I review all details of a project. I then check to see if I have come up with the best design approach. Also, I review the project’s original scope against all the submitted designs from the other engineers. This allows me to check if my design conflicts with others.

I do this check multiple times at various stages in a project. This is especially important if I’m juggling multiple projects at one time.

This level of paranoia is healthy in engineering. Keeps you on your toes and helps you deliver a quality product every time.

In the real world

With how fast paced life has become, having a good level of paranoia is important. It helps you slow life down to make better decisions. You don’t always catch everything on the first review. Also, everything isn’t always as it seems.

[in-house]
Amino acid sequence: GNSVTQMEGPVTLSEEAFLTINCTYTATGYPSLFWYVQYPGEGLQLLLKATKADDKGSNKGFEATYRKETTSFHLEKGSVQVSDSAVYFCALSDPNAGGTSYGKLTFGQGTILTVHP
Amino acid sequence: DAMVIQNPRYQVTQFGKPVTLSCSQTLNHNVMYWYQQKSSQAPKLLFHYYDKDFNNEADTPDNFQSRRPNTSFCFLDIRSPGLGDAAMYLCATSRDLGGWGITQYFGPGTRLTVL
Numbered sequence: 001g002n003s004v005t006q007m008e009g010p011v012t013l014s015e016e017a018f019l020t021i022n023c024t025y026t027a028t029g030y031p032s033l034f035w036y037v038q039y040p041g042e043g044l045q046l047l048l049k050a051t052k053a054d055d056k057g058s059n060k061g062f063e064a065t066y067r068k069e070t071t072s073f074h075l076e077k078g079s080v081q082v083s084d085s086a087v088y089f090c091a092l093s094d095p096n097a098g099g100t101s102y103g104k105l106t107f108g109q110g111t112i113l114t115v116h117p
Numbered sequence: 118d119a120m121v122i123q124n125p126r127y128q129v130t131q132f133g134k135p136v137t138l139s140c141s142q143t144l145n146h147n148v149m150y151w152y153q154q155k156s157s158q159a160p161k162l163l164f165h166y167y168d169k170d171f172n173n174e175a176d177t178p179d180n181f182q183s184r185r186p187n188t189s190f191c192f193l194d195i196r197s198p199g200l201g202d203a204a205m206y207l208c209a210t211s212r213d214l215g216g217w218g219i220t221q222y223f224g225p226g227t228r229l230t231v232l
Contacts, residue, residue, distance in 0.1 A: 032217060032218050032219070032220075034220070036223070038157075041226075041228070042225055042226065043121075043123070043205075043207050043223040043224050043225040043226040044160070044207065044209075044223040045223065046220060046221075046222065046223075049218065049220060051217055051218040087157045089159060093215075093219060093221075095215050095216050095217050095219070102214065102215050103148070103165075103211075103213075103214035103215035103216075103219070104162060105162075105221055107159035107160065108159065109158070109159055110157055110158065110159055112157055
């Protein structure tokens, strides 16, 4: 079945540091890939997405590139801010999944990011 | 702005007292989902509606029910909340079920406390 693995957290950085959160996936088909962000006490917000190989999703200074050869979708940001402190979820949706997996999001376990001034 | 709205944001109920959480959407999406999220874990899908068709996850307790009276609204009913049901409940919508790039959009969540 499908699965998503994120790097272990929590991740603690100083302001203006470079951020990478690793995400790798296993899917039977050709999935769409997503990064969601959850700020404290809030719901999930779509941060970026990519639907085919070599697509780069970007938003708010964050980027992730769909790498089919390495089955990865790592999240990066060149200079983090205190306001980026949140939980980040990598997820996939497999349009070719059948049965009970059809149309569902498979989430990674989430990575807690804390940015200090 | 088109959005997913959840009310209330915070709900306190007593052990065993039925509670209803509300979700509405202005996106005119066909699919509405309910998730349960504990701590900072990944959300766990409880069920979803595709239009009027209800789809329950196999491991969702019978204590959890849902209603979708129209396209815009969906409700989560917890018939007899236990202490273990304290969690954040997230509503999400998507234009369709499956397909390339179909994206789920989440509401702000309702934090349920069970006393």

I once bought a short sale home that had mold behind the sheetrock in the master bedroom. When I first brought an inspector into the home before I closed on the home, he didn’t spot the mold. His inspection didn’t sit well with me for whatever reason then.

I brought my handyman friend over the day after since I’m paranoid. Together we both inspected the area. Due to some suspicion and various clues, we found mold behind the sheetrock.

Even with the mold the home was a great investment. I still bought the home. However, if I hadn’t found the mold then my investment could have been ruined.

My investment would not have included the mold removal cost. It could’ve been a disaster if the numbers didn’t work in my favor.

Here are some things where paranoia will help you with: